Daniel Demytrie of Jones Lang LaSalle, Singapore -
Almost half the world's population live in China and India. Business magazines and newspapers love writing about the various "tigers" and "dragons," which have been fashionable in the financial world for a couple of years now. But the hype distracts from the more important question of whether there is now a trend toward favouring bigger, deeper markets elsewhere in the world.
In Central and Eastern Europe, there are some similarities between late EU entrants such as Poland, Hungary and the Czech Republic to the Asian and sub-Continental markets, but as they mature they have ceased to sizzle, thanks to greater transparency and falling risks. These markets have stabilized, they're more liquid, more familiar, and investment yields are about as low as some Western European markets. While a stable, low risk environment is often top of the list for institutional investors, we shouldn't forget just how important diversity is.
A mellowing eastern frontier has meant that, increasingly, investors' interests are being drawn to Russia - to be more specific, Russia's regional markets: an incomplete list of which includes places like Novosibirsk, Samara, Rostov and Chelyabinsk. It's still some time away before we're closing $500m investment deals in places like Tver, but we might be witnessing a trend of "market re-discovery" and a shift to multi-layered, "super markets" like China, India and Russia.
RIC with a silent 'B'
Few regions in the world offer similar scenarios to what we see in Russia, India and China. A very striking feature, at least in terms of commercial real estate investment, doesn't conveniently fit into an economic model alongside, as the most unique and exciting feature of markets like these is their depth, scale and internal consistency - points we can call the basic tenets of a "super market."
Investors, whether they are highly risk-averse listed funds or private and opportunistic, generally regard a well-diversified portfolio as a high priority. This isn't just because this works to mitigate the risk factors frequently found in emerging markets; but largely because a variety of markets presents new options and investment alternatives. This, of course, isn't anything new, and largely has accounted for the geographic expansionism that real estate investment has undertaken across CEE, Southeast Asia and Latin America over the last 15 years. This informal yet effective strategy of "a little bit here, a little bit there" continues to be a dominant means of capturing global real estate opportunities and remaining diversified. This brand of portfolio management, however, comes with hefty price tag. Managing a portfolio of real estate assets across four or five (or more) markets within a geographic region can be exceedingly difficult. The level of local knowledge and experience needed to ensure that your options work out in each of the markets is not easy to come by.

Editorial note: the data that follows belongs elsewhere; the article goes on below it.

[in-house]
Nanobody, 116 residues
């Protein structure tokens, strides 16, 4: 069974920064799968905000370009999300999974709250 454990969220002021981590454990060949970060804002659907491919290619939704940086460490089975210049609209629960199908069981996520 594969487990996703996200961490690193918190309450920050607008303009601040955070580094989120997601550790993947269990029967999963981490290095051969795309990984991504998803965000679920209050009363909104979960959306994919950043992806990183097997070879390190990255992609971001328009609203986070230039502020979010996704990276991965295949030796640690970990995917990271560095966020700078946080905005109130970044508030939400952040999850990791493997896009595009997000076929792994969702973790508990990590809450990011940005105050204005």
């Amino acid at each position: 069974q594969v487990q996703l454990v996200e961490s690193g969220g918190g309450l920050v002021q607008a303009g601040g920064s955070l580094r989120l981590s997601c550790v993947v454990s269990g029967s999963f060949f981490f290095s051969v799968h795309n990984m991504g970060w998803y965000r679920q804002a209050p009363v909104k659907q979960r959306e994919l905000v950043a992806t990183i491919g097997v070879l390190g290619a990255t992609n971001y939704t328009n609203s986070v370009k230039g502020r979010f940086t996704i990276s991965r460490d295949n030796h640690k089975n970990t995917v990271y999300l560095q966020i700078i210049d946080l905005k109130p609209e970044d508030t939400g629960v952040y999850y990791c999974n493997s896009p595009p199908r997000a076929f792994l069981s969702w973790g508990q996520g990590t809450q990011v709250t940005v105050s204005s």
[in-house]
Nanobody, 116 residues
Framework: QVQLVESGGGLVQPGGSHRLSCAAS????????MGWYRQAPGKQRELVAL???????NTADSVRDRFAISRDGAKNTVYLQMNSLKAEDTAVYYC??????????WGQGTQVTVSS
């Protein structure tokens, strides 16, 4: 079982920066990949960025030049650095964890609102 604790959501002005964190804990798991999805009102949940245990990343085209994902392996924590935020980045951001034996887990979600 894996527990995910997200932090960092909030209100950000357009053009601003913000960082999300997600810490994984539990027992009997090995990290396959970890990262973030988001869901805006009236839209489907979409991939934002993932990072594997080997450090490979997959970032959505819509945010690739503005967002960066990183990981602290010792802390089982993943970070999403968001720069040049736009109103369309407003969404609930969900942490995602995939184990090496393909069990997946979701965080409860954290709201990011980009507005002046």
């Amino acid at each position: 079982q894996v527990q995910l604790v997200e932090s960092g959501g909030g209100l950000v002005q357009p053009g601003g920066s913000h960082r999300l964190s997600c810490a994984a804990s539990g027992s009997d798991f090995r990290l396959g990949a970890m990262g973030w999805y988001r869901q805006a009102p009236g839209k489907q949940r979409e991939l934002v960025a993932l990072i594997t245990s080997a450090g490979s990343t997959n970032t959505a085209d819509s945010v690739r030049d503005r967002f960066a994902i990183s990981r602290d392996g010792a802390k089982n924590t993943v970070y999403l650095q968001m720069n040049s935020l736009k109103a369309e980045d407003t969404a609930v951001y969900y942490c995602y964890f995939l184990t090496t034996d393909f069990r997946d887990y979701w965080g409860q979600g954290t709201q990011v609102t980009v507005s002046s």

Markets like China, India and Russia however, have a comparative advantage over many other markets - and we can call that advantage their "super market" status. This is to say, that because these countries are so large and possess a seemingly endless network of smaller fledgling markets reflecting a broad range of market maturity levels, they remain predominantly similar in terms of due diligence and risk concerns.
While this probably won't lead to some kind of renaissance or rediscovery of regional markets, it does suggest that many investors are likely to stay put for a second round of harvesting investment opportunities - going "deeper" as opposed to going "further" (abroad). A tactic like this not only exposes investors to new opportunities, it also sheds many of the concerns and deterrents of entering new markets, like having to learn the ropes, again.
Many readers have heard phrases like "secondary" and "tertiary markets," or "tier II" and "tier III" cities by now. It seems that this is now becoming a preferred method of categorising the fledgling markets found in our super markets. So what does this mean for contemporary expansionism, portfolio management, and asset diversification? As emerging economies try to flatten out their evolutionary differences between regional markets, investors are poised with the question of how to make the most with the time they have left. Markets like France, the UK, the US are also considered large-scale and rich with opportunities, but for an opportunistic, value-added point of view, they don't have the same differential from investment grade, core assets in increasingly liquid markets (for example Delhi, Shanghai and Moscow), to highly opportunistic, largely undiscovered, private equity driven markets like Chengdu, Chennai and Chelyabinsk!
Over the long term, these markets will flatten out just as others have and we will likely see the "Moscow-Minsk differential" shrink to almost nothing. But before then, one would expect these three regional giants to remain in the headlines.
Daniel Demytrie is Associate Director, Asia Capital Markets at Jones Lang LaSalle, Singapore and was formerly Head of Capital Markets Research, Jones Lang LaSalle, Moscow
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